On August 8, 2016, Senior Judge Mary Lou Robinson entered an opinion and order granting the defendant’s motion to dismiss for failure to state a claim as to all of the plaintiffs’ 42 U.S.C. § 1983 claims. The Court also denied the plaintiffs’ motion to certify class as moot due to the previous order to dismiss the case. Judge Robinson entered her final judgment in favor of the defendant and declared that the defendant was entitled to reasonable and necessary costs as a result of the action.

The plaintiffs objected to the defendant’s bill of costs on August 30, 2016. On October 12, 2016, Judge Robinson partially sustained the plaintiffs’ objections and ordered for the plaintiffs’ to pay $3,660.00 to the defendant in costs.

There are no further entries on this docket, inferring that this case is closed.

Kimberly Goshey - 06/04/2019


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Issues and Causes of Action
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Issues
Constitutional Clause
Due Process
Equal Protection
Defendant-type
Jurisdiction-wide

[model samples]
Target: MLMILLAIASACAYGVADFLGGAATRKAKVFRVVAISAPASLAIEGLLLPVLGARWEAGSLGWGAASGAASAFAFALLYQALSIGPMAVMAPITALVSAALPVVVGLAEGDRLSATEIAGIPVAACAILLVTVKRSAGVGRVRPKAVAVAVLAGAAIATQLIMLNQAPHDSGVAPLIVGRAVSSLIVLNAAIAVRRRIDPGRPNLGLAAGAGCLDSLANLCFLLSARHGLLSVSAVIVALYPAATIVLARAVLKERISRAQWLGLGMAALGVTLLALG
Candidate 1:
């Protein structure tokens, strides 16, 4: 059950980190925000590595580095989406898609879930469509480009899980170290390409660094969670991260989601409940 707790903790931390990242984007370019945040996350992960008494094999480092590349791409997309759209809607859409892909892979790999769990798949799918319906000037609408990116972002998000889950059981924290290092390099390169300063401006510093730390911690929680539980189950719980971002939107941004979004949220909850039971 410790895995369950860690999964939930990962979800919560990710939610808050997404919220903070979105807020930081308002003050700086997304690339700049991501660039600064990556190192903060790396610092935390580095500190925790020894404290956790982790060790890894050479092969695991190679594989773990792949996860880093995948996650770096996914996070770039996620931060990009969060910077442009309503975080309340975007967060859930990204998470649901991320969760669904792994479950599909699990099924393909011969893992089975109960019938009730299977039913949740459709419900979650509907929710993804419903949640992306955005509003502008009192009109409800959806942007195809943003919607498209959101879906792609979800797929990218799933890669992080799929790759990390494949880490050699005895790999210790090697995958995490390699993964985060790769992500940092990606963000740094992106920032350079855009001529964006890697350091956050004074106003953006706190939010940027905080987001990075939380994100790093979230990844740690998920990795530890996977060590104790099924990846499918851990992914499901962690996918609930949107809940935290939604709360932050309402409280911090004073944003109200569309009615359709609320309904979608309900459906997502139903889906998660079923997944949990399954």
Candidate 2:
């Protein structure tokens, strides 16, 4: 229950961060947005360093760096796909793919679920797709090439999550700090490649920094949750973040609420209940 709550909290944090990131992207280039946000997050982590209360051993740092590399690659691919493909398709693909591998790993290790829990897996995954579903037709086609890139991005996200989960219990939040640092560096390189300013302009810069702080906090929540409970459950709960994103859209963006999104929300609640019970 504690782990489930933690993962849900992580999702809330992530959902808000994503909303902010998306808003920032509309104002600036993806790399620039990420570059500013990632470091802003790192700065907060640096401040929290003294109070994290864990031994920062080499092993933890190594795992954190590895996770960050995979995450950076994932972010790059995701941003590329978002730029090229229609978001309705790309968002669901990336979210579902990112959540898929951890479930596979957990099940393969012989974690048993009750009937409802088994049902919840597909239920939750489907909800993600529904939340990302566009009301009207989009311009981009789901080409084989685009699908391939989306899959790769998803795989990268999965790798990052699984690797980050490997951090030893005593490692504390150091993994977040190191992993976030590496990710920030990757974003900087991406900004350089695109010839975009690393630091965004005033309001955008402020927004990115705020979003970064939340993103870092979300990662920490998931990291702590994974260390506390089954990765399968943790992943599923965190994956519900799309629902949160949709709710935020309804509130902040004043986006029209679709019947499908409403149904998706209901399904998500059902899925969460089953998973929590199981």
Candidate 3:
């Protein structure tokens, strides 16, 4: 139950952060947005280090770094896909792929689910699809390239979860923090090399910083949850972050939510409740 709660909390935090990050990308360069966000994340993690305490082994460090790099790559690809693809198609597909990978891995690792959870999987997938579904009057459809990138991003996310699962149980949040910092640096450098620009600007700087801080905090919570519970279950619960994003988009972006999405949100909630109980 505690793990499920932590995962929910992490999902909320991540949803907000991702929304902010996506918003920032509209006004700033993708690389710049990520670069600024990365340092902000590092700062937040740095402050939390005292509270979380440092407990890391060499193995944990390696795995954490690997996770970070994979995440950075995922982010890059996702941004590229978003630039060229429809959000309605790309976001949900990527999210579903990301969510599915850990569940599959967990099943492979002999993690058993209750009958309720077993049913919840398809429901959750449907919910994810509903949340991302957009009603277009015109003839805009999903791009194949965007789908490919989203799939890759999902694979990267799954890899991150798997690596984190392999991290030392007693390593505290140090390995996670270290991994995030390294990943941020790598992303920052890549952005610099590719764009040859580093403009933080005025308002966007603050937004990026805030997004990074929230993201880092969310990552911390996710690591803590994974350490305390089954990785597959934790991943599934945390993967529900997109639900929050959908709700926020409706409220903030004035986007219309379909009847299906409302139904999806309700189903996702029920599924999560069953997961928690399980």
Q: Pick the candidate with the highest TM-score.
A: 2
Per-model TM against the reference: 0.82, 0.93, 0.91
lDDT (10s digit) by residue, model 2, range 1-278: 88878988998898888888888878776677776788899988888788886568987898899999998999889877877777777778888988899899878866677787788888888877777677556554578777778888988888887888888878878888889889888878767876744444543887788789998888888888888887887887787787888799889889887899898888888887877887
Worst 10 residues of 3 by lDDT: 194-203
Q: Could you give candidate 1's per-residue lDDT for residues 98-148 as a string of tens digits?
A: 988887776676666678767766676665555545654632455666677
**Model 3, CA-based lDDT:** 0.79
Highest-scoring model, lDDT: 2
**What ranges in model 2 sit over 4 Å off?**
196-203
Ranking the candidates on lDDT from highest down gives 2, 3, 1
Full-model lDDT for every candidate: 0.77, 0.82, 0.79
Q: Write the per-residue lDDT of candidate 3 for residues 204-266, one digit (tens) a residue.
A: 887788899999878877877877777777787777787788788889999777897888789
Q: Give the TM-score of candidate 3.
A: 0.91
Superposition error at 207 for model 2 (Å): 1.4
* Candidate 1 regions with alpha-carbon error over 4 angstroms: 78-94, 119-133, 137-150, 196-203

General
Fines/Fees/Bail/Bond
Poverty/homelessness
Plaintiff Type
Private Plaintiff
Causes of Action 42 U.S.C. § 1983
Defendant(s) City of Amarillo
Plaintiff Description Indigent individuals who previously served imprisonment terms at Randall County Jail for inability to pay their traffic fines and fees.
Class action status sought Yes
Class action status granted Moot
Filed Pro Se No
Prevailing Party Defendant
Public Int. Lawyer No
Nature of Relief None
Source of Relief None
Filing Year 2016
Case Closing Year 2016
Case Ongoing No
Docket(s)
2:16-cv-00009 (N.D. Tex.)
CJ-TX-0015-9000.pdf | Detail
Date: 10/12/2016
Source: PACER [Public Access to Court Electronic Records]
General Documents
Complaint [ECF# 1]
CJ-TX-0015-0001.pdf | Detail
Date: 01/14/2016
Source: PACER [Public Access to Court Electronic Records]
Second Amended Complaint [ECF# 19]
CJ-TX-0015-0003.pdf | Detail
Date: 04/04/2016
Source: PACER [Public Access to Court Electronic Records]
Memorandum Opinion and Order [ECF# 49] (N.D. Tex.)
CJ-TX-0015-0002.pdf | Detail
Date: 08/08/2016
Source: PACER [Public Access to Court Electronic Records]
show all people docs
Judges Robinson, Mary Lou (N.D. Tex.) show/hide docs
CJ-TX-0015-0002 | CJ-TX-0015-9000
Plaintiff's Lawyers Blackburn, Jeff (Texas) show/hide docs
CJ-TX-0015-0001 | CJ-TX-0015-0003 | CJ-TX-0015-9000
Hoffman, Chris G (Texas) show/hide docs
CJ-TX-0015-0001 | CJ-TX-0015-0003 | CJ-TX-0015-9000
Defendant's Lawyers McKamie, William M (Texas) show/hide docs
CJ-TX-0015-9000
McWilliams, Bryan Scott (Texas) show/hide docs
CJ-TX-0015-9000